Learning to cook Japanese food or dining at a traditional Japanese restaurant may be an unforgettable experience and memory for non-Japanese staying in Japan. Japanese food may however not be what you want to eat every day while living in Japan. You may want to get food from your home country, use a food delivery service for your convenience, or you may require halal food for religious reasons.
Here we have made a list of useful articles including English websites for Japanese Food Recipes, English speaking Food Delivery services, How to read Food Labels in Japan, International Supermarkets, and information for vegetarians, specifically selected within central Tokyo.
Tokyo is known internationally for being one of the most popular and varied food cities in the world. But in a time of overworked businesspeople rushing to get home and increased considerations for social distancing, the city’s many restaurants and cafes have finally begun to fully adopt the idea o…Read more
In Japan, the expiration date and the consumption date are determined based on the JAS Law and the Food Sanitation Law. While in Japan, have you ever wondered where the expiration date on food products are?Here we will explain what the dates on food products in Japan mean. There are usually 2 differ…Read more
Expats in Japan often shop at local supermarkets. But unfortunately, the food labels are not in English. Seafood labels are especially difficult to understand and select for your particular dish. You often see the lables of "生食用" (for raw food), "刺身用" (for sashimi), "加熱用" (for heating), "焼き魚用" (for…Read more
Japanese supermarkets, or konbini, along with vending machines offer a variety of delicacies, with eye-catching and colorful packages. However, you may also become particularly aware of the language gap when delving into Japanese food. Important details are often written in kanji or katakana, makin…Read more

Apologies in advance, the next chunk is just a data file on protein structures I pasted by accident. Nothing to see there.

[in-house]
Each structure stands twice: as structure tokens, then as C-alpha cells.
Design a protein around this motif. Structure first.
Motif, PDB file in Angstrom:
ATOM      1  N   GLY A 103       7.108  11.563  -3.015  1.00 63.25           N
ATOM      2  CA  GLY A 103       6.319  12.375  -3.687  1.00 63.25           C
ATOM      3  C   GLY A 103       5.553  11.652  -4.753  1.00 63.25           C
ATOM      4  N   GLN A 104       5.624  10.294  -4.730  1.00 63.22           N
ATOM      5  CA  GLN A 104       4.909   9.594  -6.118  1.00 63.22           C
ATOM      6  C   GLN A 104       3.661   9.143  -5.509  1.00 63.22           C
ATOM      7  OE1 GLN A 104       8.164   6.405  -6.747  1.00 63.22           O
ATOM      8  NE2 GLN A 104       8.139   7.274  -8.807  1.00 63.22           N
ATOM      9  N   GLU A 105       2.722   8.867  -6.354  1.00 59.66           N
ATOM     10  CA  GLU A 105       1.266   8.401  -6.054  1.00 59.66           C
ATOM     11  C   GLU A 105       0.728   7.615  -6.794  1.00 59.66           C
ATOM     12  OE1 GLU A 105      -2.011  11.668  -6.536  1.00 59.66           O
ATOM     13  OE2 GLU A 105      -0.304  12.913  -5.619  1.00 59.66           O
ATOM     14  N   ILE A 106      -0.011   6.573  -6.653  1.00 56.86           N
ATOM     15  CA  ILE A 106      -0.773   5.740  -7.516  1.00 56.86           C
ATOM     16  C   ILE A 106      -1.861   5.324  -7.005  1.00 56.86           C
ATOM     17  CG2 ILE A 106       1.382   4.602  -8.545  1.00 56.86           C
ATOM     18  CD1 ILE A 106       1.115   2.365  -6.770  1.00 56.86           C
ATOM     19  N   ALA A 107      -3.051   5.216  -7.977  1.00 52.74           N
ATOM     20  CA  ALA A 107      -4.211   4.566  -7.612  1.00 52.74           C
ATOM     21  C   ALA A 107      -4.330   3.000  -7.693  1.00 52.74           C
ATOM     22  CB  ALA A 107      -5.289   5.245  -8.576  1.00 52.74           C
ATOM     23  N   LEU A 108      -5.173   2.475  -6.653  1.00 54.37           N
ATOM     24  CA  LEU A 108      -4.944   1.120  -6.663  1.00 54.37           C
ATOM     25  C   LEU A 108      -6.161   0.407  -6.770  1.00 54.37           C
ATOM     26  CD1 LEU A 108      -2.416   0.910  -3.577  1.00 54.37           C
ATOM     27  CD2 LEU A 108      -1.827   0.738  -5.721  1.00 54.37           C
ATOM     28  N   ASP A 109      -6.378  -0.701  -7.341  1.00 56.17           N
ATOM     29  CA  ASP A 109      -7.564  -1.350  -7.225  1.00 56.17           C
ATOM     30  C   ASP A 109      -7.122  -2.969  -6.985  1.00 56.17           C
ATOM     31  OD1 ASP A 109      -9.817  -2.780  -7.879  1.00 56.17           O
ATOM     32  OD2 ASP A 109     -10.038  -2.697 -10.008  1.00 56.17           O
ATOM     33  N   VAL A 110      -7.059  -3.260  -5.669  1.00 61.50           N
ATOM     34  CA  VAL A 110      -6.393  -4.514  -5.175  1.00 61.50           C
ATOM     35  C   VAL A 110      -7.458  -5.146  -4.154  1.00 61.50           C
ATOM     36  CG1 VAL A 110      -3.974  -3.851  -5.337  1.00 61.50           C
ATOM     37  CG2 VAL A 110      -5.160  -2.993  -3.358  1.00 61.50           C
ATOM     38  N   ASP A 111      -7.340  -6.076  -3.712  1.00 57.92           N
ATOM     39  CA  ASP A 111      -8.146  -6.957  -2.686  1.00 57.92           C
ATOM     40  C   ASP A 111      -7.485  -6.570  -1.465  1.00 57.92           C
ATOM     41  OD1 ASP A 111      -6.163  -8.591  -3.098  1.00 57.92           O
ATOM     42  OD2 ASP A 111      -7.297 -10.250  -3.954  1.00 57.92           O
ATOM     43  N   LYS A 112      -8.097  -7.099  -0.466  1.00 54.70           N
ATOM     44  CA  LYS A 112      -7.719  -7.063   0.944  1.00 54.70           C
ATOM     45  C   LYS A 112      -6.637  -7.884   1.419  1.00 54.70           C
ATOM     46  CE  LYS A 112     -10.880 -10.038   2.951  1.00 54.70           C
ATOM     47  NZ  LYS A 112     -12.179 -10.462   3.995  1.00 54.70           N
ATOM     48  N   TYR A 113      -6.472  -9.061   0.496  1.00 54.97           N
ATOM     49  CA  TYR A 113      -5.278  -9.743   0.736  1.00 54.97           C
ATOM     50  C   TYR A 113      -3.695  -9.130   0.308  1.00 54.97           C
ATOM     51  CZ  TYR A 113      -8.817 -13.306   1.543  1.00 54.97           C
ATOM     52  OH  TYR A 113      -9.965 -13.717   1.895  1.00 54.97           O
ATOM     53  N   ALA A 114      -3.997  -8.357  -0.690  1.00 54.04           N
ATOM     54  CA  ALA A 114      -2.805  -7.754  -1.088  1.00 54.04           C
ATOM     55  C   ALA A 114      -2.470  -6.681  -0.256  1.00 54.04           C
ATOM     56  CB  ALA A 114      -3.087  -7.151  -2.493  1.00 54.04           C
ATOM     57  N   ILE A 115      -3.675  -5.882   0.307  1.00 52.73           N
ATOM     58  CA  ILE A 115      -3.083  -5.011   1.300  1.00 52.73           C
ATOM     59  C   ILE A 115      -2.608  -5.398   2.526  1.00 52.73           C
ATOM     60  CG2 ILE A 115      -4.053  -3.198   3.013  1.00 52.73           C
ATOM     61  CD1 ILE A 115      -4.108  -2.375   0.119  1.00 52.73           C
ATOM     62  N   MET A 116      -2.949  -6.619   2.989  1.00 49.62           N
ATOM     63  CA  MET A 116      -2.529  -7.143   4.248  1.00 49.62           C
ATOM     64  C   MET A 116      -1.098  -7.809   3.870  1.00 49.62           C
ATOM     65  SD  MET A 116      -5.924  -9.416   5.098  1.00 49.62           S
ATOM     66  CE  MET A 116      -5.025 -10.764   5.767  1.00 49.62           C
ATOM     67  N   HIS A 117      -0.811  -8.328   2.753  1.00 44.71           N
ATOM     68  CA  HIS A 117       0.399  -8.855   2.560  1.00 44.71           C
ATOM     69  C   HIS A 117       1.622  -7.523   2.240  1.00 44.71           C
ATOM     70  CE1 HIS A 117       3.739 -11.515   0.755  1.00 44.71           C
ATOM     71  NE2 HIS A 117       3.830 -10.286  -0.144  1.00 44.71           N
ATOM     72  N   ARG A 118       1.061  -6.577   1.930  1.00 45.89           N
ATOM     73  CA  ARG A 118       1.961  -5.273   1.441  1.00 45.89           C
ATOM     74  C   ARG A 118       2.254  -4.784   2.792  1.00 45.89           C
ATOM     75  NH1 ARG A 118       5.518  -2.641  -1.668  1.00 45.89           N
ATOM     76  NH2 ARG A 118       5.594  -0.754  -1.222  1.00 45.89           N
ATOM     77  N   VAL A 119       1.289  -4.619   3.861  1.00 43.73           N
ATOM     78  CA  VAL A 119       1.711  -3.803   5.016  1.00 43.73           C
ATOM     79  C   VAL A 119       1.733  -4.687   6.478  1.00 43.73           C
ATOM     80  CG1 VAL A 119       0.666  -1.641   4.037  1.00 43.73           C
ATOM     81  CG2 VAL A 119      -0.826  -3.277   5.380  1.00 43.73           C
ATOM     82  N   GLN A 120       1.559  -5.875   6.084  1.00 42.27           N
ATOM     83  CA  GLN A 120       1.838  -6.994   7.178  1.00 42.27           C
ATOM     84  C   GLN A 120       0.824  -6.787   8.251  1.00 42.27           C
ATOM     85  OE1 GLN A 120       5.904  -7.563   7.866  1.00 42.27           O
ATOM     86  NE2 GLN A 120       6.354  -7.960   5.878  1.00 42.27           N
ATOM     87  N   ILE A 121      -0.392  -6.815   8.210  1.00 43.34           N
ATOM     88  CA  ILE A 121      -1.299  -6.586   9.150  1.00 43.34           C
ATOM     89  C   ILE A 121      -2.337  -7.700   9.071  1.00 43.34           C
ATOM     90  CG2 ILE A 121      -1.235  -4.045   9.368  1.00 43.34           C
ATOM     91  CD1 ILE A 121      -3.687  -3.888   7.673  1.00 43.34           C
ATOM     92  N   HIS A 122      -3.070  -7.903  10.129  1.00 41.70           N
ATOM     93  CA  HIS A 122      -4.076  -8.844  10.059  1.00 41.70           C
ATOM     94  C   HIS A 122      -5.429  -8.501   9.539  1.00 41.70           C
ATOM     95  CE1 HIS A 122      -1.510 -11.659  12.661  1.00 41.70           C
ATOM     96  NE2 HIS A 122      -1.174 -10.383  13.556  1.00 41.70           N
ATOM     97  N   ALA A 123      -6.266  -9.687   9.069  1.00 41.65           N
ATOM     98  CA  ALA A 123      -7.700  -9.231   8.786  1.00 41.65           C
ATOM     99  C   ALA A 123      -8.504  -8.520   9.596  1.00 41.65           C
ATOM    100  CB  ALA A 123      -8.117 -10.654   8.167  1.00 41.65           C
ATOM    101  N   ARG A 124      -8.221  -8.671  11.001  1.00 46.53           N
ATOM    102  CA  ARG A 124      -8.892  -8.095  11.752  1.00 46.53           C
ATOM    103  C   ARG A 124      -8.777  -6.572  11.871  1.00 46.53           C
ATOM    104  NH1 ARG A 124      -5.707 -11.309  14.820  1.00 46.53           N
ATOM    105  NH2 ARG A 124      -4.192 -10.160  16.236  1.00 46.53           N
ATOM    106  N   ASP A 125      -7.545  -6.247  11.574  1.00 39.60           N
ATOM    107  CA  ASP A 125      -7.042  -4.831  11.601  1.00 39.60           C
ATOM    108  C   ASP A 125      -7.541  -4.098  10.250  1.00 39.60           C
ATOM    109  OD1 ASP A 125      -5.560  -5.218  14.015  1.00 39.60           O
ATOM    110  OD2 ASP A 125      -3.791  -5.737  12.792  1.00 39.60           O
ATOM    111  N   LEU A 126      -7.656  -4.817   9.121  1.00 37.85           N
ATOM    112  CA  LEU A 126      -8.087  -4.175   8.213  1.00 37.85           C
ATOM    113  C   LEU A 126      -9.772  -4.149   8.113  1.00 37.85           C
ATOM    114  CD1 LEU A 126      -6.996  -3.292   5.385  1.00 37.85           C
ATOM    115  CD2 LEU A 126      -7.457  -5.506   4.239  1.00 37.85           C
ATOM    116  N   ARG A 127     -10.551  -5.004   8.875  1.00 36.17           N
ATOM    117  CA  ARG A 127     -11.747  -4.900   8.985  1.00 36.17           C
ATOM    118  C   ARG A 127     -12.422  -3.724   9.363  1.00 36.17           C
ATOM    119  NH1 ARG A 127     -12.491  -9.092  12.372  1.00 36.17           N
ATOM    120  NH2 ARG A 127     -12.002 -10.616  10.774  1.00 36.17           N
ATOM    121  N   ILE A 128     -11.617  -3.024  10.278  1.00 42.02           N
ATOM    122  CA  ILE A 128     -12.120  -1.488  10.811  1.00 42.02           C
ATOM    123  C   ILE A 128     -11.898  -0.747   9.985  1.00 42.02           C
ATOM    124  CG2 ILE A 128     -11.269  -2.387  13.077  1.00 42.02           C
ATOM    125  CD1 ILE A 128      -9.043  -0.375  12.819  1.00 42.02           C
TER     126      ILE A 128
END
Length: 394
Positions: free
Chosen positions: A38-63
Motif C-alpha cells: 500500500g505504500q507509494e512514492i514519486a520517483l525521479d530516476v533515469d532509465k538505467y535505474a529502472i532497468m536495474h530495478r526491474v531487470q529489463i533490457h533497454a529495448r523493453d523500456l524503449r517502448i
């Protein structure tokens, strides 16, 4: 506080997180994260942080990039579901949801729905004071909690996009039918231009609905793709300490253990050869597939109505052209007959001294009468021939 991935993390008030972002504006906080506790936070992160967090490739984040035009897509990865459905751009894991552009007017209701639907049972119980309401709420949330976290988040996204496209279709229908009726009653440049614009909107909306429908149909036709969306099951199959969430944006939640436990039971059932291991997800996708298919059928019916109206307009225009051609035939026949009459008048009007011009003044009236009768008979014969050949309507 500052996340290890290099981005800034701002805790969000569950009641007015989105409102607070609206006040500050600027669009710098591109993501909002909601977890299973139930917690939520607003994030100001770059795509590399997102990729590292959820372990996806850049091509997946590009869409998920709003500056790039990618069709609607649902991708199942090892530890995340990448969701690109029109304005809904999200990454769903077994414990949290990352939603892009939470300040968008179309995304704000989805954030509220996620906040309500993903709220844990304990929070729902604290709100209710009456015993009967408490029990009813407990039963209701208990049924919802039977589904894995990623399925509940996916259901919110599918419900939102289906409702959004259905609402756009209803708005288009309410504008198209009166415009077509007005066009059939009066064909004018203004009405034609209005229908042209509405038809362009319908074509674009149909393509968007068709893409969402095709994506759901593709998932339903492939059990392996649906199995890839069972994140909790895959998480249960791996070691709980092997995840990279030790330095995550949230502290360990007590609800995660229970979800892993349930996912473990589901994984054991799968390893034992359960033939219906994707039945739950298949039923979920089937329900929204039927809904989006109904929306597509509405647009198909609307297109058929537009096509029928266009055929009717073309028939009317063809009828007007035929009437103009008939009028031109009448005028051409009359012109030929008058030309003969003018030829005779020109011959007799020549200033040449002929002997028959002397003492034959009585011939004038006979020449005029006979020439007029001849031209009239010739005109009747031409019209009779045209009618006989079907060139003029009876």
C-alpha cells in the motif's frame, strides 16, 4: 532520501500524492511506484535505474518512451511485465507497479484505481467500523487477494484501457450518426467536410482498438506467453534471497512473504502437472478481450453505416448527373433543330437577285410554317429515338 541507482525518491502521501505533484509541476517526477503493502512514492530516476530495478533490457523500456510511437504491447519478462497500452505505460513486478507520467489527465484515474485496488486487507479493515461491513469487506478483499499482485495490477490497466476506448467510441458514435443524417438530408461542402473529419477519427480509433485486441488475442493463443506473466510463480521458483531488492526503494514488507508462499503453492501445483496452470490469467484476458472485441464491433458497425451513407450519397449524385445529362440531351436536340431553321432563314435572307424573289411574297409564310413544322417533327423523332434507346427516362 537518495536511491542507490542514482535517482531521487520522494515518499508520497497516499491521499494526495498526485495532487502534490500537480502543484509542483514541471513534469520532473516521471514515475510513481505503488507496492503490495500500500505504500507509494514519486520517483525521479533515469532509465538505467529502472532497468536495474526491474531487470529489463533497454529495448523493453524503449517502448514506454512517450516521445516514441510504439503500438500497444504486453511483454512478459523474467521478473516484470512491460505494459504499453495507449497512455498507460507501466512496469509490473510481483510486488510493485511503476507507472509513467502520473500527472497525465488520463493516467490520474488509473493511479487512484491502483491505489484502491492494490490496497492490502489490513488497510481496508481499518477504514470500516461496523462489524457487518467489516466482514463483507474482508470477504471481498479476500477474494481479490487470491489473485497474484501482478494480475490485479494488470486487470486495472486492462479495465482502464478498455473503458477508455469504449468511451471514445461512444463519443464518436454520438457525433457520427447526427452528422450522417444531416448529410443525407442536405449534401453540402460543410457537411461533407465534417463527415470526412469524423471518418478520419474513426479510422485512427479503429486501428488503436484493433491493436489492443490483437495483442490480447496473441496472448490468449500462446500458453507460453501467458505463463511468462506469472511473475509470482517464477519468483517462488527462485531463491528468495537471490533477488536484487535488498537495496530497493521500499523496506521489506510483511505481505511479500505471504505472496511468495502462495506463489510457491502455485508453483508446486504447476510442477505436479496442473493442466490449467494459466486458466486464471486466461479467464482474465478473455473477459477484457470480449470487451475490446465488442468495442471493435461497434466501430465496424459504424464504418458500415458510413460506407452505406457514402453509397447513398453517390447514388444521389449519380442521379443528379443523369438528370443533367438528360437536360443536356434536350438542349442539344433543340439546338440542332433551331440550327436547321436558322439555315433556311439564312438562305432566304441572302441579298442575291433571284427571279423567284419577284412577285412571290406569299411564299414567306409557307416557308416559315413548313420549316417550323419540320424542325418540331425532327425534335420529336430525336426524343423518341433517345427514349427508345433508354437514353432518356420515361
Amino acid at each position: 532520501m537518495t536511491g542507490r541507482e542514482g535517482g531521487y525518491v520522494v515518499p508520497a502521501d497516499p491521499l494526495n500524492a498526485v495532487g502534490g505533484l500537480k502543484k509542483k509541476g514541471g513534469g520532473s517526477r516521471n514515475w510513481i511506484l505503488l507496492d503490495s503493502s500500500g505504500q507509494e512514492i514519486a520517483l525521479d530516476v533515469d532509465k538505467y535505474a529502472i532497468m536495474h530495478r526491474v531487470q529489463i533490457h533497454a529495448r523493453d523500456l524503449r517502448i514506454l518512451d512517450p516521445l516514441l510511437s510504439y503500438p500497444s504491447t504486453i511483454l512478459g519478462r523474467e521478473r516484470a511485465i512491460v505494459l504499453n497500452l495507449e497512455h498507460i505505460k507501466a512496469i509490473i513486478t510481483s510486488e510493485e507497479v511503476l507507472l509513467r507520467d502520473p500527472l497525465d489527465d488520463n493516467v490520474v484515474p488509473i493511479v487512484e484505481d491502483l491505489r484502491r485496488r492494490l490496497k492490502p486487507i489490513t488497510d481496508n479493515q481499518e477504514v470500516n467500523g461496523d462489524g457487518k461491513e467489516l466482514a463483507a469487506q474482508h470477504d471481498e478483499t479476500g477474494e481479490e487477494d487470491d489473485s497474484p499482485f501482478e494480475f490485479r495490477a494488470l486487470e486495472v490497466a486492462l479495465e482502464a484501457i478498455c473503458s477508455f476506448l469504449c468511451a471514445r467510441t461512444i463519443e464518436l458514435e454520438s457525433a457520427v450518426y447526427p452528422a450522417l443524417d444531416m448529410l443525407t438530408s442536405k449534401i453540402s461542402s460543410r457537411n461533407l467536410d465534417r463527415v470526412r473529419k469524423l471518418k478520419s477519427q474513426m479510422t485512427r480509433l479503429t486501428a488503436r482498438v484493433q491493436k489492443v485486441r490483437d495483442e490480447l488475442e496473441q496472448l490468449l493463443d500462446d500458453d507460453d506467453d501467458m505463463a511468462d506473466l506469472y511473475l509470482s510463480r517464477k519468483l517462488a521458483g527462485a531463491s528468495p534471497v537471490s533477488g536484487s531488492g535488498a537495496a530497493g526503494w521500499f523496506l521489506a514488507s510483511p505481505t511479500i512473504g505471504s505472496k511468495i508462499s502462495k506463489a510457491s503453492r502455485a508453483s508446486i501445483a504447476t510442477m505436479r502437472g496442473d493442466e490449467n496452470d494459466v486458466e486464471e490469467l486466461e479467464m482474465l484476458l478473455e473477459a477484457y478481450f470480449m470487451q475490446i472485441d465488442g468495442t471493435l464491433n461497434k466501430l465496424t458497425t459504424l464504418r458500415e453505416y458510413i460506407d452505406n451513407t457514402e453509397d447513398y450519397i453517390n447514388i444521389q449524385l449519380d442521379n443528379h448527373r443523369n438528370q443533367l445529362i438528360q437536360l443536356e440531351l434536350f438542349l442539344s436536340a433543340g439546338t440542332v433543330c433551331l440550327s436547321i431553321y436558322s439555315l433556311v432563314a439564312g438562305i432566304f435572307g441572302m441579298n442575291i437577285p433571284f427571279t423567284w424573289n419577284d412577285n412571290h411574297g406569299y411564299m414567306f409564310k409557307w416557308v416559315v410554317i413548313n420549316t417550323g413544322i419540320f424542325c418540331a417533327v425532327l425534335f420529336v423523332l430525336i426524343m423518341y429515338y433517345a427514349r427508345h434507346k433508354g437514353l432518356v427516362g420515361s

Japan has a diverse food culture that enjoys experimenting with a variety of ingredients with a strong emphasis on soy, wheat, fish, and shellfish. It just so happens that these four ingredients are included in the group of eight foods that account for 90 percent of all food-allergic reactions. All…Read more
Tokyo is one of the most desirable cities for an eat-and-walk experience, but it’s important to know the rules and etiquette before dining in a park or on the go.Read more
Even if you don’t drive in Japan and the nearest grocery store isn’t within walking distance, shopping for food and daily necessities doesn’t have to be a chore. With the country’s efficient, advanced and reliable door-to-door delivery service - where you can specify the time of delivery and rest…Read more
If you are new to Tokyo, you may have noticed that most Japanese grocery stores and supermarkets have a very limited selection of items that may be common in your home country. As the food labels are usually in Japanese, it can be quite challenging to figure out what a particular food item is if…Read more
Japanese food is generally considered a healthy, flavorful way to eat with a wide variety of types of dishes, ingredients, and flavors to choose from. And, there are lots of restaurants in Tokyo serving traditional Japanese food so you never run out of options if you like eating out. That said, if y…Read more
The Michelin Guide has become synonymous with fine dining across the world. Given its French origins, you might expect Paris to host the most Michelin-starred restaurants. Actually, the record is held by Tokyo. With 230 such restaurants and 13 three-star restaurants as of 2019, Japan’s capital is an…Read more
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